Manning doublecrosses Day
It was the late American pianist and actor Oscar Levant who once said of a politician, "He'll doublecross that bridge when he comes to it."
Former Reform Party leader Preston Manning, it seems, has come to that bridge, which he built into a book entitled, Think Big: My Adventures in Life and Democracy.
Early reports have Manning roasting his successor Stockwell Day for a series of assorted sins including, the one which this correspondent finds most interesting, Day's active courtship of evangelical Protestants in his successful leadership bid.
In last Saturday's National Post news story about Manning's book (which your correspondent has not yet read) we are told that while Manning says he shares Day's religious beliefs he always opposed bringing politics into the religious arena.
Two days earlier, according to another National Post story, Manning, speaking at the Pluralism, Religion and Public Policy conference at Montreal's McGill University, denounced the "taboo" he says prevents Canadian politicians from introducing their spiritual beliefs into public debate.
"In the world of Canadian politics and public policy," said Manning, "the spiritual dimension is ignored, suppressed and prevented from even being expressed.
"There's a virtual absence of religious or spiritual references in Parliamentary and political debate, even on moral and ethical issues. In the House of Commons, it is taboo to get in any depth into what your own personal convictions are and how it might apply to public policy. 'We don't talk about things like that here,' is the unspoken rule."
Manning complained that the pendulum has swung too far toward secularism, citing the Chrétien government's insistence that Jesus not be invoked during a ceremony for victims of the Swissair crash off Nova Scotia, and the "complete exclusion of spiritual references" in official Canadian events marking the Sept. 11 tragedy.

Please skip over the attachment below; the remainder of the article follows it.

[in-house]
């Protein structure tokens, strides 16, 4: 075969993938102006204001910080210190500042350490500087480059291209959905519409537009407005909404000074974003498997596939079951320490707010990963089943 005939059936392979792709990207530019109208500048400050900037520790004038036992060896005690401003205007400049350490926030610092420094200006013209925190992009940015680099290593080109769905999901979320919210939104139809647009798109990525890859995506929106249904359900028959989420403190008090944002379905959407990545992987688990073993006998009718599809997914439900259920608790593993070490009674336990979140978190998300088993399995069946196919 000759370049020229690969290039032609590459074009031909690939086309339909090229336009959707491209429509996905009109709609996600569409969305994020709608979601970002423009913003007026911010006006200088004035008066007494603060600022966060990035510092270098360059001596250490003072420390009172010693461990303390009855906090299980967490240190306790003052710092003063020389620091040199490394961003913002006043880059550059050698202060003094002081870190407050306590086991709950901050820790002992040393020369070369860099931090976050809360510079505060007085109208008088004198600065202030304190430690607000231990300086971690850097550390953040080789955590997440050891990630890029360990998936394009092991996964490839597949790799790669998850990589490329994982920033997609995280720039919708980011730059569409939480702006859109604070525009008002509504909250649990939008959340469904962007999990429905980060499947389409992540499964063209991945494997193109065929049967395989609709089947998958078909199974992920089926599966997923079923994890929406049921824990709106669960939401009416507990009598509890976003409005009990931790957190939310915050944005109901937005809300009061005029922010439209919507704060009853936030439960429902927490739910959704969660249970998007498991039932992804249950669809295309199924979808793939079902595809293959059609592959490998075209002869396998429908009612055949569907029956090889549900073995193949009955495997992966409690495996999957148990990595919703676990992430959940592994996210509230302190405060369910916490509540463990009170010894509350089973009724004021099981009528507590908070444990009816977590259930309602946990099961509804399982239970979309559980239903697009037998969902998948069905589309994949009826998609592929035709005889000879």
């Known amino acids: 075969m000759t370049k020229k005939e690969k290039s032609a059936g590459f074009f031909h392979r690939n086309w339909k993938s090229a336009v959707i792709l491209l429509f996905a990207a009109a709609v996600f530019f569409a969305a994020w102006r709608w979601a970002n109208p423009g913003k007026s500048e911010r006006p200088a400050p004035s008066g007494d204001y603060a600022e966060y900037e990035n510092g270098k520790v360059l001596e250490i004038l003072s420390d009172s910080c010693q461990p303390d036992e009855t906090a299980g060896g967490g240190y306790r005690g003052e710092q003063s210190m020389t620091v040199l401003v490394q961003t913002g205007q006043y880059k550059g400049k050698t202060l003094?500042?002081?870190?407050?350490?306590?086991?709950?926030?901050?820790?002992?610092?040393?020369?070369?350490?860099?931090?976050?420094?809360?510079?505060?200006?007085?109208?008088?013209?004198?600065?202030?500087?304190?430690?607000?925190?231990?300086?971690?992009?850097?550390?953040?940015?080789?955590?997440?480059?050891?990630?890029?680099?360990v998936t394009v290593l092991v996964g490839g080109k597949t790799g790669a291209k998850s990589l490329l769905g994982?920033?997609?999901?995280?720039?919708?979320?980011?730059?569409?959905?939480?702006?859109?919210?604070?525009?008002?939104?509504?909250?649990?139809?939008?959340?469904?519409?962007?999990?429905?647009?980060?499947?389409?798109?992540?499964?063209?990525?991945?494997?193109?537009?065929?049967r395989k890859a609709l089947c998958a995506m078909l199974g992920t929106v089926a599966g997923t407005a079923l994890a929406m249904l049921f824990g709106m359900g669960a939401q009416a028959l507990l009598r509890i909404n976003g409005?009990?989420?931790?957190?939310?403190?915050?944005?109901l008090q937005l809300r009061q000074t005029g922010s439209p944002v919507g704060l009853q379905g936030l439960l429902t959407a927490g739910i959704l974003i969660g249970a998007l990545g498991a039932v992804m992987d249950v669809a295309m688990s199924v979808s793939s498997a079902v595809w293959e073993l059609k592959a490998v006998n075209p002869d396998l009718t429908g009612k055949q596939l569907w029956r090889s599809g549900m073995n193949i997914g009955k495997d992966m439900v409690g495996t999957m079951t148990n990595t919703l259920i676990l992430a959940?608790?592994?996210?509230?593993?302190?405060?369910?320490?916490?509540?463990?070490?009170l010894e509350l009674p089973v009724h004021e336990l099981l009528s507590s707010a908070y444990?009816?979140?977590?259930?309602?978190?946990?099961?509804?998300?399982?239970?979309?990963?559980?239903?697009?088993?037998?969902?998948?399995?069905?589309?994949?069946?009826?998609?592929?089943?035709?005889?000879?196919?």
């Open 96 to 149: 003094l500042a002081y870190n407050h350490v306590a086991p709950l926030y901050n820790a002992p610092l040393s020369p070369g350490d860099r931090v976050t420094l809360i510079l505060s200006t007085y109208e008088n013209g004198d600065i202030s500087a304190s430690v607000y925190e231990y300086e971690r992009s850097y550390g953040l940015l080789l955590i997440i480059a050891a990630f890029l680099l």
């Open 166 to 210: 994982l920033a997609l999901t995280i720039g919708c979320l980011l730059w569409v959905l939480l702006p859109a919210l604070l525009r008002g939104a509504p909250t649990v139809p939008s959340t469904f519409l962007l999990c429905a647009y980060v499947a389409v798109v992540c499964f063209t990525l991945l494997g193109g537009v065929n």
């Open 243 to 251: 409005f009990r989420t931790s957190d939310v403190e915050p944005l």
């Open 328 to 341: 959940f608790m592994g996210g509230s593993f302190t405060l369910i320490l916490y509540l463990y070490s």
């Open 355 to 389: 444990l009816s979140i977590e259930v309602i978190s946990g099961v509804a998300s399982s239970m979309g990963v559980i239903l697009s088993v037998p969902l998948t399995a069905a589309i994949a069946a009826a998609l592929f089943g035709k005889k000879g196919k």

What Manning says about religion and politics is, sadly, true. But it's not just most politicians who are uncomfortable with the topic. The main culprits are journalists who are overwhelmingly hostile toward religious conviction and who, as Day discovered, are ready to malign any politician who dares confess that his religious belief helps shape his public positions.
The idea here is not to defend Day's leadership. Heaven knows he made enough mistakes on his own hook without having to look to outside sources to explain what happened. But much of the opposition and media assault on Day revolved around his religious conviction. What's more, much of it was either grossly distorted or simply made up out of whole cloth. Manning would certainly know this, yet, perhaps seeking revenge, appears to be doing the same thing to Day as much of the media did when it became a blood sport to smear him because he was not embarrassed to say he believed in a higher power than the Prime Minister's Office.
It's a bit much for Manning to attack Day for being so openly evangelical on the one hand, then publicly lament a "taboo" about religious advocacy in politics.
Some believe Manning actively helped orchestrate the internal party attacks against Day's leadership at the time. Who knows? One this is for certain: he actively avoided supporting Day at a time when Manning loyalists were feverishly undermining his leadership efforts and a word from Manning could have ended much of it.
There is little doubt that when Manning announced the death of Reform and the birth of the Alliance, he expected to win the leadership contest. When he lost, he showed few signs of being a good loser.
During that tumultuous time, Manning appeared bitter about his loss, and it hardly speaks well of him now to flail Day's support among evangelical Protestants who a) represented a relatively small percentage of Day's leadership vote anyway, and b) aren't exactly horrible people who should be shunned by those seeking high public office.
By attacking Day this way, Manning, whether he means to or not, attacks the evangelicals themselves, many of whom, until Day came along, had been open and active supporters of Manning. No doubt he liked them then.
History shows there is much to criticize in Day's leadership of the Alliance, just as there is in Manning's leadership of Reform. But to attack Day for actively courting evangelicals in his book, then publicly complain about the "taboo" of expressing religious beliefs in politics, well, let's just say it's not Manning's proudest moment.
Or, as George Bernard Shaw wrote in Man and Superman, "The more things a man is ashamed of, the more respectable he is."
And Manning, we're certain, is a respectable man.
Claire Hoy's e-mail address is email@example.com